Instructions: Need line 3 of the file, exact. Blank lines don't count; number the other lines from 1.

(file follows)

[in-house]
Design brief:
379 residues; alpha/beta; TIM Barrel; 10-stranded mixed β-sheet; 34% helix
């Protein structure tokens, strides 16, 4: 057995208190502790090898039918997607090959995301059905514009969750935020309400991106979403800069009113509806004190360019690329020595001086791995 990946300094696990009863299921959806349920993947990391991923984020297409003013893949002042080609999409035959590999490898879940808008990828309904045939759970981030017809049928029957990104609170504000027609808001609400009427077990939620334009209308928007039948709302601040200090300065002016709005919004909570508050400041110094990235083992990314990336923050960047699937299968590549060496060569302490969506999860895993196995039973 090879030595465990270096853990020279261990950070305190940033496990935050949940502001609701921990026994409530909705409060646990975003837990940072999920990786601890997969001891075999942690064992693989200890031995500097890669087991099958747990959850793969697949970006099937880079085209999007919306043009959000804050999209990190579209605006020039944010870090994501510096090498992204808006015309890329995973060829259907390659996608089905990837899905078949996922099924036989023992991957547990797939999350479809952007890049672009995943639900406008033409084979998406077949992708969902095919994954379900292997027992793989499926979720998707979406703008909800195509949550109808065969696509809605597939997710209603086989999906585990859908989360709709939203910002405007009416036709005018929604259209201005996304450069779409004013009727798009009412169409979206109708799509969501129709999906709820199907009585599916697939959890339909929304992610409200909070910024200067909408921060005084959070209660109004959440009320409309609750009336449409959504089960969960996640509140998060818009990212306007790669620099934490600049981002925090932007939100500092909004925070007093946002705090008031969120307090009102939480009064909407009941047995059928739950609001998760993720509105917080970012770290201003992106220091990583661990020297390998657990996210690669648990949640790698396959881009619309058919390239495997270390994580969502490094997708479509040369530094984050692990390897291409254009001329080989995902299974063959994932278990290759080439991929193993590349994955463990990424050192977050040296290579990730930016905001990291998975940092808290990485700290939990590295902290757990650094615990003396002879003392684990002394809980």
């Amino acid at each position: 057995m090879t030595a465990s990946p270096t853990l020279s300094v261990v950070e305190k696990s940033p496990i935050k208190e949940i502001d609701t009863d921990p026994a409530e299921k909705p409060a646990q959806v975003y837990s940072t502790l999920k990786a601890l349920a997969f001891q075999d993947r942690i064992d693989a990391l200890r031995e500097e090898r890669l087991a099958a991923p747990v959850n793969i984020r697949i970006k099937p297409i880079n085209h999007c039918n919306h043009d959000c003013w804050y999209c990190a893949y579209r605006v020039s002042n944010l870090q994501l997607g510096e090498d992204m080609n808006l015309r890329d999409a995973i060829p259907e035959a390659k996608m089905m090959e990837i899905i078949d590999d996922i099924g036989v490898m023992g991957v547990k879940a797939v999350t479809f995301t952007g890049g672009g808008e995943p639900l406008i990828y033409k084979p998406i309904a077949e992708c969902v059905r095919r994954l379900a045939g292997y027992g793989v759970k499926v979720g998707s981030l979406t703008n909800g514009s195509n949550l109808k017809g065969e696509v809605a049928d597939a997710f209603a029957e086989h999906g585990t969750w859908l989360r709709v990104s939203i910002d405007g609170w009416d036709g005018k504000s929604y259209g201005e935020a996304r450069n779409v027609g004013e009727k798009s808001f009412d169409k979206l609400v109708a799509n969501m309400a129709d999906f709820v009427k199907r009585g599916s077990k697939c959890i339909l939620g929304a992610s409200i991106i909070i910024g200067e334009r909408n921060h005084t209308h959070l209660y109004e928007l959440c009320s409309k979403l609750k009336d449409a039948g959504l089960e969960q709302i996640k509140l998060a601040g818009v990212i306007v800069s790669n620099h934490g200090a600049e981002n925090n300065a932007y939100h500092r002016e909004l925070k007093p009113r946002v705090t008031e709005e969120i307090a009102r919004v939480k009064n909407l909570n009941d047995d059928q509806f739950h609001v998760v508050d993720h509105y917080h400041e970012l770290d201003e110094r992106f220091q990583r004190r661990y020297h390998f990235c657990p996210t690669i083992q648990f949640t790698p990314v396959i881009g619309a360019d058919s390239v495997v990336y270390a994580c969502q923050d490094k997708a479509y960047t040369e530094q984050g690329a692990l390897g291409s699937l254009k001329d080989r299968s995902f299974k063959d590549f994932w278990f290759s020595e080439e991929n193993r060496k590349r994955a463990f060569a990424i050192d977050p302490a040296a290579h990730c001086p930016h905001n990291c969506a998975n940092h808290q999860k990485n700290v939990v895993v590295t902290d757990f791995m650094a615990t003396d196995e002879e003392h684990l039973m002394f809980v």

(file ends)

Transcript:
379 residues; alpha/beta; TIM Barrel; 10-stranded mixed β-sheet; 34% helix